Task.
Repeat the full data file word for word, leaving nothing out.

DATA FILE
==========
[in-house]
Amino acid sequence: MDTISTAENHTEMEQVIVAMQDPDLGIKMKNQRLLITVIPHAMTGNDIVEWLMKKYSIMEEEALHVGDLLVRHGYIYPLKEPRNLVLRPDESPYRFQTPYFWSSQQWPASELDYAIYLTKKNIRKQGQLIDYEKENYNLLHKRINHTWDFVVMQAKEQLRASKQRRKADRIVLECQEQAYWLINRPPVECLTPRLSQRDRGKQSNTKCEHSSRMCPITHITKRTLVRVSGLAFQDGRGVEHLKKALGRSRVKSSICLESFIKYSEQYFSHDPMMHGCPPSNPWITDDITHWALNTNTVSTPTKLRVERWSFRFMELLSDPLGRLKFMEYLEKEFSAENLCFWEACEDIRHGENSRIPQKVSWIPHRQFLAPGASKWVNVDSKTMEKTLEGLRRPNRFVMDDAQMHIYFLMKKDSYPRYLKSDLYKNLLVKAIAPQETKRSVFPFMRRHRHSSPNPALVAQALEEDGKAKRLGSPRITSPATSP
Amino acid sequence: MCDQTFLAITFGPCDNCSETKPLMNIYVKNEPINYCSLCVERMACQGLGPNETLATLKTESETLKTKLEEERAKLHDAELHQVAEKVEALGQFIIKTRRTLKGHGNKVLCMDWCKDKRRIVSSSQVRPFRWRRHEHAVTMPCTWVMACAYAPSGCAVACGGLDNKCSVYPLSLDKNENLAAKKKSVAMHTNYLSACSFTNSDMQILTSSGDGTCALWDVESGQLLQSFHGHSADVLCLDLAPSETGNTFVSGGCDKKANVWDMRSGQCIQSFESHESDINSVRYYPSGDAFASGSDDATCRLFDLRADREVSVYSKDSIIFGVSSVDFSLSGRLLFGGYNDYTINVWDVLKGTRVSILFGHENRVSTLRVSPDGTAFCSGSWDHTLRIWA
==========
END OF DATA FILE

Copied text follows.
[in-house]
Amino acid sequence: MDTISTAENHTEMEQVIVAMQDPDLGIKMKNQRLLITVIPHAMTGNDIVEWLMKKYSIMEEEALHVGDLLVRHGYIYPLKEPRNLVLRPDESPYRFQTPYFWSSQQWPASELDYAIYLTKKNIRKQGQLIDYEKENYNLLHKRINHTWDFVVMQAKEQLRASKQRRKADRIVLECQEQAYWLINRPPVECLTPRLSQRDRGKQSNTKCEHSSRMCPITHITKRTLVRVSGLAFQDGRGVEHLKKALGRSRVKSSICLESFIKYSEQYFSHDPMMHGCPPSNPWITDDITHWALNTNTVSTPTKLRVERWSFRFMELLSDPLGRLKFMEYLEKEFSAENLCFWEACEDIRHGENSRIPQKVSWIPHRQFLAPGASKWVNVDSKTMEKTLEGLRRPNRFVMDDAQMHIYFLMKKDSYPRYLKSDLYKNLLVKAIAPQETKRSVFPFMRRHRHSSPNPALVAQALEEDGKAKRLGSPRITSPATSP
Amino acid sequence: MCDQTFLAITFGPCDNCSETKPLMNIYVKNEPINYCSLCVERMACQGLGPNETLATLKTESETLKTKLEEERAKLHDAELHQVAEKVEALGQFIIKTRRTLKGHGNKVLCMDWCKDKRRIVSSSQVRPFRWRRHEHAVTMPCTWVMACAYAPSGCAVACGGLDNKCSVYPLSLDKNENLAAKKKSVAMHTNYLSACSFTNSDMQILTSSGDGTCALWDVESGQLLQSFHGHSADVLCLDLAPSETGNTFVSGGCDKKANVWDMRSGQCIQSFESHESDINSVRYYPSGDAFASGSDDATCRLFDLRADREVSVYSKDSIIFGVSSVDFSLSGRLLFGGYNDYTINVWDVLKGTRVSILFGHENRVSTLRVSPDGTAFCSGSWDHTLRIWA